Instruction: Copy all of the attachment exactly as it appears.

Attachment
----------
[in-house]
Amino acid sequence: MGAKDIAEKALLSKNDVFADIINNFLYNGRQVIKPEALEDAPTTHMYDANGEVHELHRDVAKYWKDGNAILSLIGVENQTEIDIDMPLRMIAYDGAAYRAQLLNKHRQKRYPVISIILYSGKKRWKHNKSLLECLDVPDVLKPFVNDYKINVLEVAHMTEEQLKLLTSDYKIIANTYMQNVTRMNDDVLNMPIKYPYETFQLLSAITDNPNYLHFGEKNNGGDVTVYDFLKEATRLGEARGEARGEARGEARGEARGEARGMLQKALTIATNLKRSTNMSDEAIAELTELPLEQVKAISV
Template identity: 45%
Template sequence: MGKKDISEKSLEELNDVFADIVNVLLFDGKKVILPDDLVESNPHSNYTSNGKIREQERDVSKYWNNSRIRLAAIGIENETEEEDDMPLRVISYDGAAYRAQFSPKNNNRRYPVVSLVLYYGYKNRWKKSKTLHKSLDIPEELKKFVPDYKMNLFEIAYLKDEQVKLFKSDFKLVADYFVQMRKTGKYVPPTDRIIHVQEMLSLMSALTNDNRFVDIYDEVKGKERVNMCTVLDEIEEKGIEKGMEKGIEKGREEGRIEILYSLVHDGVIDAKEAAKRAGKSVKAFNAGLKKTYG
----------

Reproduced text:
[in-house]
Amino acid sequence: MGAKDIAEKALLSKNDVFADIINNFLYNGRQVIKPEALEDAPTTHMYDANGEVHELHRDVAKYWKDGNAILSLIGVENQTEIDIDMPLRMIAYDGAAYRAQLLNKHRQKRYPVISIILYSGKKRWKHNKSLLECLDVPDVLKPFVNDYKINVLEVAHMTEEQLKLLTSDYKIIANTYMQNVTRMNDDVLNMPIKYPYETFQLLSAITDNPNYLHFGEKNNGGDVTVYDFLKEATRLGEARGEARGEARGEARGEARGEARGMLQKALTIATNLKRSTNMSDEAIAELTELPLEQVKAISV
Template identity: 45%
Template sequence: MGKKDISEKSLEELNDVFADIVNVLLFDGKKVILPDDLVESNPHSNYTSNGKIREQERDVSKYWNNSRIRLAAIGIENETEEEDDMPLRVISYDGAAYRAQFSPKNNNRRYPVVSLVLYYGYKNRWKKSKTLHKSLDIPEELKKFVPDYKMNLFEIAYLKDEQVKLFKSDFKLVADYFVQMRKTGKYVPPTDRIIHVQEMLSLMSALTNDNRFVDIYDEVKGKERVNMCTVLDEIEEKGIEKGMEKGIEKGREEGRIEILYSLVHDGVIDAKEAAKRAGKSVKAFNAGLKKTYG